14. Vaseline Nose Race -Each player has a dab of Vaseline put down their nose. The first person also has a cotton ball placed there which is passed from person to person until the end of the line. No hands are allowed in this silly game as the cotton ball is passed nose to nose. The winning team is the one that successfully passes the cotton ball to the end of the line. (If the cotton ball falls off or gets too messy, the race coordinators can replace it.)
15. Newspaper Press – Team members are paired up and charged to run to the finish line with a single newspaper page between them. By carefully running in tandem, runners can make their goal. If the pair drops their newspaper page, they must go back to the starting line, and begin again. There are no hands allowed until it is time to handle the newspaper page to the next pair of runners. The winning team has all their pairs successfully complete the race.
16. Three Legged Race – After dividing the teams into pairs of players who are about the same height, have them stand side-by-side so that you can tie their adjacent legs together with a scarf or piece of cloth. Each pair of players runs to a designated point and back again so that they can tag the next pair. If a pair falls down while they are running, the last keep their legs tied together as they get up. The team that has all their pairs complete the race is the winner.
17. Statue of Liberty Relay – Lineup two teams and give the first person in line a plunger that they have to fill with water from a pool or bucket and run it to a designated turning point without losing the water. The returning runner hands the plunger off to the next person who refills it before beginning the run.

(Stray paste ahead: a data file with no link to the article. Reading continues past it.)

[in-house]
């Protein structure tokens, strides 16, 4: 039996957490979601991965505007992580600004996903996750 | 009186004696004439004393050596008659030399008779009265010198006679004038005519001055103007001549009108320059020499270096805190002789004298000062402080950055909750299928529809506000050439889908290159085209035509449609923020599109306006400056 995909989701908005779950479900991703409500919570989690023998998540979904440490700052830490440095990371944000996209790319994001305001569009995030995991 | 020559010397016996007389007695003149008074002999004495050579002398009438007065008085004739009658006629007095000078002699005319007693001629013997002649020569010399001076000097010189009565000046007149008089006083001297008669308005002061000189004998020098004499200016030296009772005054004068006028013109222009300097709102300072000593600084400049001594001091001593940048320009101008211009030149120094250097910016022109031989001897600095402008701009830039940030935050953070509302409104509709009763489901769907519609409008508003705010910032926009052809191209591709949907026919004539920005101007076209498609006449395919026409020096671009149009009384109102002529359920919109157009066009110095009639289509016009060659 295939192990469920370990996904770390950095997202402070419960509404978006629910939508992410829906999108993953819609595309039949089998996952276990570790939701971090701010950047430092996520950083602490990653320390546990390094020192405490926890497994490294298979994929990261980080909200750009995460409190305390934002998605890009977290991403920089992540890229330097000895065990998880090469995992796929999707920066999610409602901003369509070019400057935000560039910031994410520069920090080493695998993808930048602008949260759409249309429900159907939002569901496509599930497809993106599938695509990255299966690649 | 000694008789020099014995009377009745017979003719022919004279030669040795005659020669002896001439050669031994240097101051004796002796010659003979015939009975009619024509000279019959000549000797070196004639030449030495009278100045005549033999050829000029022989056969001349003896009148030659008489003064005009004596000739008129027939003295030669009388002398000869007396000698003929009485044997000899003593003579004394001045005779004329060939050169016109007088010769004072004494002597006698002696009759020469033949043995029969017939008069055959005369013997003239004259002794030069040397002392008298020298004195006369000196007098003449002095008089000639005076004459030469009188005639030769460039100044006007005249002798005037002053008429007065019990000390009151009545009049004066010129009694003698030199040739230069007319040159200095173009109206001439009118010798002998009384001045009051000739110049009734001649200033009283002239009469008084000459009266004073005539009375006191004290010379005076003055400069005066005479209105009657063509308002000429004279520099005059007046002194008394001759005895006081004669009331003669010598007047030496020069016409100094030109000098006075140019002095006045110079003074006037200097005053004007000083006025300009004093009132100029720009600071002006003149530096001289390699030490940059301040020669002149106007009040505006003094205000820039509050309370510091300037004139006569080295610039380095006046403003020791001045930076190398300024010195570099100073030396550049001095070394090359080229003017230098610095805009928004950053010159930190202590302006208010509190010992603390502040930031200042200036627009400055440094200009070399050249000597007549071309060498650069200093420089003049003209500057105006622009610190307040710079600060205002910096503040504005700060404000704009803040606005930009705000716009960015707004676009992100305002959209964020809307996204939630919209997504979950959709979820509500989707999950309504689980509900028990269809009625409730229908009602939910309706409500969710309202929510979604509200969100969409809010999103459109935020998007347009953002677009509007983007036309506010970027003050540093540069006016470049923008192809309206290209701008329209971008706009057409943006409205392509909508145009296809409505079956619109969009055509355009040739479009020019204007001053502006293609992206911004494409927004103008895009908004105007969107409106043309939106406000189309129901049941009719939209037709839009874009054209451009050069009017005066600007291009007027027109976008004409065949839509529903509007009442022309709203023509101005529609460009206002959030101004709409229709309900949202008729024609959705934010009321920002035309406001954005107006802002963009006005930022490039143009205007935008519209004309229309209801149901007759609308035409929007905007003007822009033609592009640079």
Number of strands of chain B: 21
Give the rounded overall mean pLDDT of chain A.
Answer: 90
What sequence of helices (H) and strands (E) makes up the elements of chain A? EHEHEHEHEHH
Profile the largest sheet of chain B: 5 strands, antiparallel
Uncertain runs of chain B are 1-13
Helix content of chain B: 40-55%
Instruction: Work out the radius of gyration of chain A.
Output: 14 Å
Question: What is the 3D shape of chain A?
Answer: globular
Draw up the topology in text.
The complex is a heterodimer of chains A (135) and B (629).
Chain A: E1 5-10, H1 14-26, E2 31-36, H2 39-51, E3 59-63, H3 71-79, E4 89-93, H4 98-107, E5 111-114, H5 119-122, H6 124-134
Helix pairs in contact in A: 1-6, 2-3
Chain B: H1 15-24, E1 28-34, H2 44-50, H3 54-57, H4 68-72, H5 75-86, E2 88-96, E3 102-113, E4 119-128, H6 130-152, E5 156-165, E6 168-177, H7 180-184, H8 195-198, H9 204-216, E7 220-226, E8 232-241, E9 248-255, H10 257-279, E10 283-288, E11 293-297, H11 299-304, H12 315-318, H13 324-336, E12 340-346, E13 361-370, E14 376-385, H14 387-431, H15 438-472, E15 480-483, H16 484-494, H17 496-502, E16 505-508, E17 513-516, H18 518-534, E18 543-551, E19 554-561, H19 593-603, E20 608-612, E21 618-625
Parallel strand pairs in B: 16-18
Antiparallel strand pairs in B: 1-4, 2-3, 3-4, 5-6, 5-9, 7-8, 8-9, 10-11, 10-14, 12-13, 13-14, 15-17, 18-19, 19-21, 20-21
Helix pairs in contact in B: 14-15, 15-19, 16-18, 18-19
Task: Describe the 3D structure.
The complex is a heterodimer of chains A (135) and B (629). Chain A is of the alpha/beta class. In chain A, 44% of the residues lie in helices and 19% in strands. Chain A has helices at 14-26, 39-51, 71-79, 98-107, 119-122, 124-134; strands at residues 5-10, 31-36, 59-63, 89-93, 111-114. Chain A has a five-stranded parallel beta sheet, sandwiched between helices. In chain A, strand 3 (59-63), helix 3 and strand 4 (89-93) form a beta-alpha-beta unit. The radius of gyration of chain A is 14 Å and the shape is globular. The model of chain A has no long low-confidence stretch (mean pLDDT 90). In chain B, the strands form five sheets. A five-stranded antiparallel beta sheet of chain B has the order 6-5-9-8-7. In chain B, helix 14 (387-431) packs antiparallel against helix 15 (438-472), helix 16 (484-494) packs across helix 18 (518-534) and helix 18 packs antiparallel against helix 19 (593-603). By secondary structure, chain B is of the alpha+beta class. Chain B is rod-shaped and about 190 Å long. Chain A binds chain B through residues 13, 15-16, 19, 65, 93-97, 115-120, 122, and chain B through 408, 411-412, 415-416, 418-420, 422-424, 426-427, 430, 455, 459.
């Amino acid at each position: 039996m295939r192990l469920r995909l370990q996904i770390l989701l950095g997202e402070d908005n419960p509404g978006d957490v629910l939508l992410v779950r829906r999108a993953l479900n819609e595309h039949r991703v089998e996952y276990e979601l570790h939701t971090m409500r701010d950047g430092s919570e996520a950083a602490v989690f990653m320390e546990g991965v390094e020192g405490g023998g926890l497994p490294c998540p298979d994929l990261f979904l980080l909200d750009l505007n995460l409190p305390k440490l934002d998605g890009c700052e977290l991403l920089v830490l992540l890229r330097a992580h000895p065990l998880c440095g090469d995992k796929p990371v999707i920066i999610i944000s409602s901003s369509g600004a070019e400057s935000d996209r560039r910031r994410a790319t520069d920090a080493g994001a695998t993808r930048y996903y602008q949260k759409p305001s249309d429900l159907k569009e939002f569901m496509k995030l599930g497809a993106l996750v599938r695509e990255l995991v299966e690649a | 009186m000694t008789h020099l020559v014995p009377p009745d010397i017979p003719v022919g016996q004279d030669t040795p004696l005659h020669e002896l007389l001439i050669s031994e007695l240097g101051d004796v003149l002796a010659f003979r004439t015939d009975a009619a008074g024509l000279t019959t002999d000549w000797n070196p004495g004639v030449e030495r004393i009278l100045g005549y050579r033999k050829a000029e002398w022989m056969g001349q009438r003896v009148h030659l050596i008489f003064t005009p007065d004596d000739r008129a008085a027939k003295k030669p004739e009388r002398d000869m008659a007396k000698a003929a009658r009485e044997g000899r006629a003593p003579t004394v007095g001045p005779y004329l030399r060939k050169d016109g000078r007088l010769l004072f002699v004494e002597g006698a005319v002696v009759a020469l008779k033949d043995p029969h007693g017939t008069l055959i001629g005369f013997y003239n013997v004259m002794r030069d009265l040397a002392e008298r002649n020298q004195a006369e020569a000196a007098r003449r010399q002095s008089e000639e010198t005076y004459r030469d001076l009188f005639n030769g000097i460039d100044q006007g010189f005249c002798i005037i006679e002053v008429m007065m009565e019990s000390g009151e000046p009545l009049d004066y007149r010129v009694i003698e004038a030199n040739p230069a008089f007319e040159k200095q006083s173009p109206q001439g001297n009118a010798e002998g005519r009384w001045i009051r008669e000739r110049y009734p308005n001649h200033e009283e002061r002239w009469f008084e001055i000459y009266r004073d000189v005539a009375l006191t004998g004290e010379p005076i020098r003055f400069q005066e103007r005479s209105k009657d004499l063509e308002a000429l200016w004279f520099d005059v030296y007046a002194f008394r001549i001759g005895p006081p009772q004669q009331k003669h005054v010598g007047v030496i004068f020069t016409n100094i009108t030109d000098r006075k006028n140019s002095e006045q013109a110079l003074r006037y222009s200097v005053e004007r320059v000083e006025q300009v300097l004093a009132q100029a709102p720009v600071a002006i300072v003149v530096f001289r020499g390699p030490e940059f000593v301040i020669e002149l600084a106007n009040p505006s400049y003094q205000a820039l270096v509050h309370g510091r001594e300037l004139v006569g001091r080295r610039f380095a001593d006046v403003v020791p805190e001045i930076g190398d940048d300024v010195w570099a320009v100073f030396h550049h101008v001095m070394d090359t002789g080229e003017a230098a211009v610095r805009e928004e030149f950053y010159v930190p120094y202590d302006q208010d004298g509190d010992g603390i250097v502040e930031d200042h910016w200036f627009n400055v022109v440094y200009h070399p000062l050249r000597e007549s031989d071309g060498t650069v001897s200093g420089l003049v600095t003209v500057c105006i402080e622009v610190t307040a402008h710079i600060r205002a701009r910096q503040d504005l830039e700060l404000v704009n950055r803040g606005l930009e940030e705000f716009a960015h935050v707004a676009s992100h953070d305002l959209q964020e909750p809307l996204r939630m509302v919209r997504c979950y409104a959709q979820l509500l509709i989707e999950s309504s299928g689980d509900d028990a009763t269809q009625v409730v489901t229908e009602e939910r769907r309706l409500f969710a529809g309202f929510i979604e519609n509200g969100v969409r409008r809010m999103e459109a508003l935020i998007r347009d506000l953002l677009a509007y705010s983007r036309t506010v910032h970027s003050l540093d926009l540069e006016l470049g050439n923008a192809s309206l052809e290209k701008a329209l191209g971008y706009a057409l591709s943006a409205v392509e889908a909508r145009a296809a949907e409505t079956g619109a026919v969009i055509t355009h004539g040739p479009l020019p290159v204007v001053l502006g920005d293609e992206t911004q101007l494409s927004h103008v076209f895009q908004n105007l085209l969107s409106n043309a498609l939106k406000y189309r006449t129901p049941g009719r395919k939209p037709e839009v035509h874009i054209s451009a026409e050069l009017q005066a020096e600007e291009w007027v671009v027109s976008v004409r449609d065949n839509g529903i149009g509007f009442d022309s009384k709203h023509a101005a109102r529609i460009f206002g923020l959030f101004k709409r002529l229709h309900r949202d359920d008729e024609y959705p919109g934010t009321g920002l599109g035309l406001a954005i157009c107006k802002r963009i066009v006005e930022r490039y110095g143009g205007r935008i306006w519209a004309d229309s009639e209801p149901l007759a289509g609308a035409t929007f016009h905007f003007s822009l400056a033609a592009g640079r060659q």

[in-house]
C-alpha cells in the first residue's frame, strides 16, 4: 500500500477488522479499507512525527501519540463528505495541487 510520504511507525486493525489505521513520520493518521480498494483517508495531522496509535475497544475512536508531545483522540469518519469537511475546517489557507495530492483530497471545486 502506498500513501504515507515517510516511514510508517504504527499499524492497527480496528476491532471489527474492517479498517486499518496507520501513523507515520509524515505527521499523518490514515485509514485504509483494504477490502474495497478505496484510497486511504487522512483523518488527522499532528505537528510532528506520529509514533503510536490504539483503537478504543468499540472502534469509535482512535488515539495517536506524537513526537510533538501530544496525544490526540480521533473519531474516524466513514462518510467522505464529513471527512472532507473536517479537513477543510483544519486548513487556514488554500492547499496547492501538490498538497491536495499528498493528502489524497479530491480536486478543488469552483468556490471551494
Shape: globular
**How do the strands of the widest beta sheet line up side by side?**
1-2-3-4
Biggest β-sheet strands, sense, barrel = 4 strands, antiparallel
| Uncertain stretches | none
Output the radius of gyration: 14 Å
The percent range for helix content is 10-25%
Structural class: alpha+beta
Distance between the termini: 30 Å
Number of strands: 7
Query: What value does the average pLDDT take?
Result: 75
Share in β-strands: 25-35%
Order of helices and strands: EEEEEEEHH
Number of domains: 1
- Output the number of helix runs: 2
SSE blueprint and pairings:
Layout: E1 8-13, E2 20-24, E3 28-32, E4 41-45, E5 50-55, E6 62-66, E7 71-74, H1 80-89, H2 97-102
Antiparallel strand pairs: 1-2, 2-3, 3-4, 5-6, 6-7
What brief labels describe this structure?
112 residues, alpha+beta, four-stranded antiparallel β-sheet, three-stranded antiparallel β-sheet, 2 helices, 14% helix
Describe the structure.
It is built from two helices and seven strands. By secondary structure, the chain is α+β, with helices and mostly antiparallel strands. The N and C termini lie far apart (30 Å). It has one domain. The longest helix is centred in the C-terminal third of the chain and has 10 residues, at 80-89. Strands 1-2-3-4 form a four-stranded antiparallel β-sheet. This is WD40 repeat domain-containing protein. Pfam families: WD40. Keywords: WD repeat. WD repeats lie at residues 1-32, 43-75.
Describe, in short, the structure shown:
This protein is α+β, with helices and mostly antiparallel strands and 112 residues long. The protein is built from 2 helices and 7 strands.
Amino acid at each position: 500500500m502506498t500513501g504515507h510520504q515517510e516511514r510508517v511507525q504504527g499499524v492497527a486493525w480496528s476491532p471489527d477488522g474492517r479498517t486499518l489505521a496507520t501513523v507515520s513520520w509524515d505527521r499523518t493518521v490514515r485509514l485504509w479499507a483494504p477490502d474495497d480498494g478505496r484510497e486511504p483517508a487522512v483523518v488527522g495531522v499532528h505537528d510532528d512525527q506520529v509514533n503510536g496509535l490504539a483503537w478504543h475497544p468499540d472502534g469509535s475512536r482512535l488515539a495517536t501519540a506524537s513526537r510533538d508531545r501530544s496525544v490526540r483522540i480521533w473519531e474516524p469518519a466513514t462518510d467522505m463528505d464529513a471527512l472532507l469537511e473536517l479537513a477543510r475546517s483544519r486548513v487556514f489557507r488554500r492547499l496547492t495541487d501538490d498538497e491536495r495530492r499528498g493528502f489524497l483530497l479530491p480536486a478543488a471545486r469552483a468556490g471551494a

18. Chicken Stir Fry – This game requires a hula hoop, two rhythm sticks, and numerous rubber chickens or animals for each team. Players start by standing in front of their hula hoop that has the two sticks in it. The first player picks up the stairs and runs to the pile of animals. He or she picks up the animal with the stairs and runs back to drop it inside the hula hoop. The game continues until time is called. The winning team is the one with the most animals in the hoop.
19. Wheelbarrow Relay – Divide two teams into pairs where one will be the wheelbarrow and the other the farmer. The wheelbarrow must get down on their hands while the farmer holds their feet in the air and walk to the turning point on their hands. At the turning point, the pair reverses role so that the wheelbarrow becomes the farmer and vice versa. The first team that gets every pair to complete the process wins the game.
20. Hoop It Up – Teams of players stand in a circle with their hands joined. One person has a hula on their right arm. When the relay starts, the player steps for the group so that it rests on the opposite arm and then slides it to the right arm of the person to the left. The object of the game is to have passed the around the circle without dropping. First team to complete the process wins the game.
After you have looked at these popular relays, you may think of some that you enjoy organizing your student. Please comment below on what the kids that you work with enjoy. Have you have found any that work well with students with disabilities?